Masons, Medicines and Cocktail Mixtures
Did you know that a Frenchman who immigrated
to New Orleans (by way of Haiti) and started an
apothecary shop in 1811, invented the first
cocktail?
 Antoine Peychaud was a Mason and his group
held their meetings at the "Pharmacie Peychaud"
at 437 Royal Street.  Peychaud, who served his
fellow Masons refreshments, began experimenting
with bitters, brandy or cognac, sugar and spices.  
The drink was served in a small egg cup called a
"cocquetier."  Soon, he began selling them in his
pharmacy.  His American customers quickly  
turned "cocquetier" into "coc-tay," and,
eventually, "cocktail."
 For many years, the building where Antoine
Peychaud entertained his Masonic group almost
200 years ago has been owned and occupied by
Cohen Antiques - one of the oldest family owned
businesses in the U.S.  (Photo at left.)
There's another New Orleans "first" involving a
pharmacist.  "La Pharmacie Francaise," at 514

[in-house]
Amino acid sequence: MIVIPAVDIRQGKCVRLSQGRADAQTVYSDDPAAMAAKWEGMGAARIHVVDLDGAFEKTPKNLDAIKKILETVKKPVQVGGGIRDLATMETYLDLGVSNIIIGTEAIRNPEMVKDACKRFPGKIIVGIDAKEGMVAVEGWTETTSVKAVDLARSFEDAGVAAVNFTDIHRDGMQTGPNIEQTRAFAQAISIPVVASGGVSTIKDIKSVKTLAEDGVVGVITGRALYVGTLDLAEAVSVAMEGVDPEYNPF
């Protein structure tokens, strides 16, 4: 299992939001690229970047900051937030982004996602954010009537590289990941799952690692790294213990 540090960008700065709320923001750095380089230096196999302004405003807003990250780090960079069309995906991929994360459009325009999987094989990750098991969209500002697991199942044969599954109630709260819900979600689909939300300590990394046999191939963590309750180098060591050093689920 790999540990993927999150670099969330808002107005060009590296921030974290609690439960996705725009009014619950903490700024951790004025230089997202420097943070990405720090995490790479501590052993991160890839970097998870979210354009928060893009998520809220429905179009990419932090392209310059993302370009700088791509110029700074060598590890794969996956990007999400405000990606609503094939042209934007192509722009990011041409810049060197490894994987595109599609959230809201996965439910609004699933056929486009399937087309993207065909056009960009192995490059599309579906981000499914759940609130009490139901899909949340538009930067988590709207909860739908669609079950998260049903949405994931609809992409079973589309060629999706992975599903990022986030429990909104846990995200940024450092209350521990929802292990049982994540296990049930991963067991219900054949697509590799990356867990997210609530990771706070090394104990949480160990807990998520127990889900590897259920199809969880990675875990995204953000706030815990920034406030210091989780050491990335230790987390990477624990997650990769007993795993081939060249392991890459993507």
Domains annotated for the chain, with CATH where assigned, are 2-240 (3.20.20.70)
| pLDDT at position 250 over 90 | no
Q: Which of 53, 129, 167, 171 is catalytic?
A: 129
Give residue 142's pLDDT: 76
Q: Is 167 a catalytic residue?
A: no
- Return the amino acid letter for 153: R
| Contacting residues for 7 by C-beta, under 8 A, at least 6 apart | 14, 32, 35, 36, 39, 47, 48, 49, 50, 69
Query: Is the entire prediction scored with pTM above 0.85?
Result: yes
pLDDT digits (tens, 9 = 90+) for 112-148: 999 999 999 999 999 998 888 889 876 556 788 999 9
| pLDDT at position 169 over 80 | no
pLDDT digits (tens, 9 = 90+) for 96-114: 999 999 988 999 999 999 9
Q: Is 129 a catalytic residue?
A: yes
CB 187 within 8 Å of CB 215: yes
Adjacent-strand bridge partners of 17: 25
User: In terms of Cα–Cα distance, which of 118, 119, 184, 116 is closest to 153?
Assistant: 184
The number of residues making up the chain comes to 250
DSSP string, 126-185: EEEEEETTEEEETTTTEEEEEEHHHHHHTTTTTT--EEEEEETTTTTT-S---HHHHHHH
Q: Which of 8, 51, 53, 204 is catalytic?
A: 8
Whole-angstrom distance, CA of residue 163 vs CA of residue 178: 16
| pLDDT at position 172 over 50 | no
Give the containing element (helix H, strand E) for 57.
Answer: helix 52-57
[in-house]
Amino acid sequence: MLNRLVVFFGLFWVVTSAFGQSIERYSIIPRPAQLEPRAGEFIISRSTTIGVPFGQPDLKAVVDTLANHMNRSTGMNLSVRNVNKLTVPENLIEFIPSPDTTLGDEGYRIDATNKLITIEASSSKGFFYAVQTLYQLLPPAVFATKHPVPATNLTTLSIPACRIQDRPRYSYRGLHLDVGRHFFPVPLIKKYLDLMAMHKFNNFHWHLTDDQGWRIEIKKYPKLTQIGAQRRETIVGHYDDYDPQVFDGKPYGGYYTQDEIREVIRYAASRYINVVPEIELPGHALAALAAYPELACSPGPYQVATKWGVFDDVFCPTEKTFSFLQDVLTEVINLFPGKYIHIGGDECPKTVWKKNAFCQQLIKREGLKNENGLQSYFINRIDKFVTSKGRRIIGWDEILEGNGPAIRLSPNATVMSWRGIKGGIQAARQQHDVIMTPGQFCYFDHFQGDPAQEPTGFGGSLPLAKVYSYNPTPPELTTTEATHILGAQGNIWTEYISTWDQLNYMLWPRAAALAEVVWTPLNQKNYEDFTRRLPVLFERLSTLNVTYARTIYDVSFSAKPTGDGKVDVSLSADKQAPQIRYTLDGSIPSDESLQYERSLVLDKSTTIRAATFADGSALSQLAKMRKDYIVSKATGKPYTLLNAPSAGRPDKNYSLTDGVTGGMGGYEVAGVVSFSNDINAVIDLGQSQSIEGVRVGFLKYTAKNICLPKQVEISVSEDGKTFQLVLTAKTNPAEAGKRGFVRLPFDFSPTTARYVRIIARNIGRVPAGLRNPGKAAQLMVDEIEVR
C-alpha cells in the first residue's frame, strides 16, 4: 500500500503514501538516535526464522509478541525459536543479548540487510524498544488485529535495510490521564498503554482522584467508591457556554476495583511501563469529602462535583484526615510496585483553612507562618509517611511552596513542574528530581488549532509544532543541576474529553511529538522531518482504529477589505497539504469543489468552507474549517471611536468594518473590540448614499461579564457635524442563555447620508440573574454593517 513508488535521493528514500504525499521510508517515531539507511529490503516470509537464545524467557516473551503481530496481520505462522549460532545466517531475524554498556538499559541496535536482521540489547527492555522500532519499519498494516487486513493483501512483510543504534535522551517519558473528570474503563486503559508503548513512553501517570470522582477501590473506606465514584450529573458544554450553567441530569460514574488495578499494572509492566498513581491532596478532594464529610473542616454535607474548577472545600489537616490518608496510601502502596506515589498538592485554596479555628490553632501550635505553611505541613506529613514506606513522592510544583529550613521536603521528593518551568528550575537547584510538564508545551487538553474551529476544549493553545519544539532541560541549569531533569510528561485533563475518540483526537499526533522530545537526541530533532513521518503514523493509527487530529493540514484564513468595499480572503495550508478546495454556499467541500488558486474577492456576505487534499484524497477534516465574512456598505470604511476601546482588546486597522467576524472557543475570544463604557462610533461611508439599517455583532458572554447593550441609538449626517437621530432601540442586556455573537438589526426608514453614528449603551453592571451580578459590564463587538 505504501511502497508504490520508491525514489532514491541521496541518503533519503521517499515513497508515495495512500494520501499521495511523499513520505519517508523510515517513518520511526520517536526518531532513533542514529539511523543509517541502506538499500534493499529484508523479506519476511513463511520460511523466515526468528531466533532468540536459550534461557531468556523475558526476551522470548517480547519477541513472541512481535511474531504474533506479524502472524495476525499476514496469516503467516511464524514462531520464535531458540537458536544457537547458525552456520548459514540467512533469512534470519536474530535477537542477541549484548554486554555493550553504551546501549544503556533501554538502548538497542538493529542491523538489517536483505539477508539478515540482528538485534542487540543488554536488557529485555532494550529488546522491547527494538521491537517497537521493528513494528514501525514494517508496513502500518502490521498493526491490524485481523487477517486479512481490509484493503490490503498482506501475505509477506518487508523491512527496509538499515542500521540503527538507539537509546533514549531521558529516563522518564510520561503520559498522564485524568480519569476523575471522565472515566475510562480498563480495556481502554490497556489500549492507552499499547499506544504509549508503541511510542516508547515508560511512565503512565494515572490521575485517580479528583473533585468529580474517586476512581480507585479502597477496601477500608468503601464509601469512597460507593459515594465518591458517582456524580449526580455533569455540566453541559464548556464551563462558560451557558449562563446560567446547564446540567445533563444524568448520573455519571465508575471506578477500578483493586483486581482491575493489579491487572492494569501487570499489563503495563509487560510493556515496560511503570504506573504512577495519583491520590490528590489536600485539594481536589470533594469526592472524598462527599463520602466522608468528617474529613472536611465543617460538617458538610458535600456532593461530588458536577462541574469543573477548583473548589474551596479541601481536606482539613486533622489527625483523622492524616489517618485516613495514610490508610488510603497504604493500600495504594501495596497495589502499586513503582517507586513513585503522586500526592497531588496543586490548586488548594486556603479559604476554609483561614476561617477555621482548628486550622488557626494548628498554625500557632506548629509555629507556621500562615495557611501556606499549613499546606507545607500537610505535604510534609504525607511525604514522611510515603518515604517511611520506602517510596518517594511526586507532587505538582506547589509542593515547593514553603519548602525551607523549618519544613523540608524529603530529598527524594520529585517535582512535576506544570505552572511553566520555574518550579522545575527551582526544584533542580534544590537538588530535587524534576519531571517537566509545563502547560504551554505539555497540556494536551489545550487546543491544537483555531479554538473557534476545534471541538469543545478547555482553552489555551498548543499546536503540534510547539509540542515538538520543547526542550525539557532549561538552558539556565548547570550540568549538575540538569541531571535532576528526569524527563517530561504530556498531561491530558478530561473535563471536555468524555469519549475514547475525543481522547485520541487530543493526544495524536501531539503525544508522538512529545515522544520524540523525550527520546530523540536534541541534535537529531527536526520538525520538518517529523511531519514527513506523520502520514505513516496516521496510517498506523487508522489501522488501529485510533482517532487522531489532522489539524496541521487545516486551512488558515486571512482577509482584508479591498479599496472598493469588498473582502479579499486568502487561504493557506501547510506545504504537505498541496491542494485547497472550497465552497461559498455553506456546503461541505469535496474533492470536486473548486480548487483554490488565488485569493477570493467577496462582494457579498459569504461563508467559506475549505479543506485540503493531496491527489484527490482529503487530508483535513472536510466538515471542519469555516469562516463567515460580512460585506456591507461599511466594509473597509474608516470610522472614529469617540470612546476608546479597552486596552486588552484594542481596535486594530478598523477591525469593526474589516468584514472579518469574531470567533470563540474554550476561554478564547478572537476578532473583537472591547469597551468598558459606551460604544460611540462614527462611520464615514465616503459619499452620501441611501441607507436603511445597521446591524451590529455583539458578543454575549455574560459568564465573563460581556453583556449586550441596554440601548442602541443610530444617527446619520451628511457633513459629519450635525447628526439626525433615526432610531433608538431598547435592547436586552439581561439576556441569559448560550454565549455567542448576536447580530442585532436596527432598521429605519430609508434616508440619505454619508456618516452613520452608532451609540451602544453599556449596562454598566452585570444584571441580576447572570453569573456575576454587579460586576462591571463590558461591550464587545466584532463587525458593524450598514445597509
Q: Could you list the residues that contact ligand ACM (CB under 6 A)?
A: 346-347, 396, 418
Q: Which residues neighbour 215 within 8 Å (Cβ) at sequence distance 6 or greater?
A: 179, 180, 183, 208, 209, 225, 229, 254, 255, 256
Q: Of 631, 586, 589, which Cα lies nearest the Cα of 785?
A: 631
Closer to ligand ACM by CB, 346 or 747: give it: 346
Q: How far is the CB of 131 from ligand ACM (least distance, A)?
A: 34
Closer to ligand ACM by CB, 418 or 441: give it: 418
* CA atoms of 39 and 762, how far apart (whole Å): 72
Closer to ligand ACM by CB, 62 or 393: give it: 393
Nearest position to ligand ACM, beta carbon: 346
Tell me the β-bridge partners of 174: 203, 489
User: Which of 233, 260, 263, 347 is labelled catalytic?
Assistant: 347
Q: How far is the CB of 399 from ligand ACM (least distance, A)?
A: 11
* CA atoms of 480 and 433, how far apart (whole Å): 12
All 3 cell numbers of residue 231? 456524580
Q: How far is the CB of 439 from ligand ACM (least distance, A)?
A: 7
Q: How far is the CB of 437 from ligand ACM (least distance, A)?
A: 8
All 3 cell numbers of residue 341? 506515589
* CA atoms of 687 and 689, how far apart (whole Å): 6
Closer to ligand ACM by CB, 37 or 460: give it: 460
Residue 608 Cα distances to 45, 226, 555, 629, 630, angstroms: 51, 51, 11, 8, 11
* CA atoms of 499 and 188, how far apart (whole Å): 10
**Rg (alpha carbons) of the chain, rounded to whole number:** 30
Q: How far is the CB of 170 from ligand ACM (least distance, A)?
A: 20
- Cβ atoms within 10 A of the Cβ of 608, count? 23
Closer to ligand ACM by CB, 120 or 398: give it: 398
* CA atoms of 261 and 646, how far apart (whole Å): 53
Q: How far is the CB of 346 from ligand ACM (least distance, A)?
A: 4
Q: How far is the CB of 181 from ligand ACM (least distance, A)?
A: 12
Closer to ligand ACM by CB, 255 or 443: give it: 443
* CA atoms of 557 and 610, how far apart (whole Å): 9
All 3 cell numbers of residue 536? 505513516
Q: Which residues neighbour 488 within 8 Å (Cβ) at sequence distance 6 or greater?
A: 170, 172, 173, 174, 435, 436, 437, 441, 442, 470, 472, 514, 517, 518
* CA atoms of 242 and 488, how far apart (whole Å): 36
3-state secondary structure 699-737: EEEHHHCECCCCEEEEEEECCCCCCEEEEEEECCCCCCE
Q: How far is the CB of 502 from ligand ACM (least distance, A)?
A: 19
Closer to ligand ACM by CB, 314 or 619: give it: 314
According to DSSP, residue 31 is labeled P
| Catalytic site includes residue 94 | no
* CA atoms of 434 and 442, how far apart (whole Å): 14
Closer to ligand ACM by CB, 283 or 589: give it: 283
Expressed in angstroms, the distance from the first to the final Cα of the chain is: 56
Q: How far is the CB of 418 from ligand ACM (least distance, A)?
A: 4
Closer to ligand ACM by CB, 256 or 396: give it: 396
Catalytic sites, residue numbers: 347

Chartres Street (now home to The New Orleans
Pharmacy Museum), was opened by Louis Dufilho, Jr.
in 1823.  For awhile, he held a distinction no other
pharmacist in the United States could claim.  Mr.
Dufilho was the first to pass Louisiana's licensing
examination for pharmacists, making him the first
licensed pharmacist in the United States.  Up to that
time, U.S. pharmacies followed no  regulations or
standards.
 The Pharmacy Museum, located in Mr. Dufilho's old
building since 1950, contains the largest
pharmaceutical collection in the United States.
 A picture of the building as it looked in 1920 is at
right.  Pictures of the rear courtyard are below.  On
the left, 1920, and the one on the right is the
courtyard of the museum as it is today.
While we're on the subject of
firsts, a visitor to the site
submitted a photo taken in 1915.  
Photo at right, the caption on
back:  "This building was the first
drugstore in New Orleans -
Barracks Street, between Chartres
and Decatur."  This would be in the
block across the street from the
Old Mint.  I don't believe this
building's still standing.
There are no photos of the Pharmacie Peychaud or La Pharmacie Francois, but I
thought you might like to see the interior of another Colonial era pharmacy.  
This is an apothecary shop in Salem, MA, exhibiting items of the period, in a
house which was an apothecary shop at that time.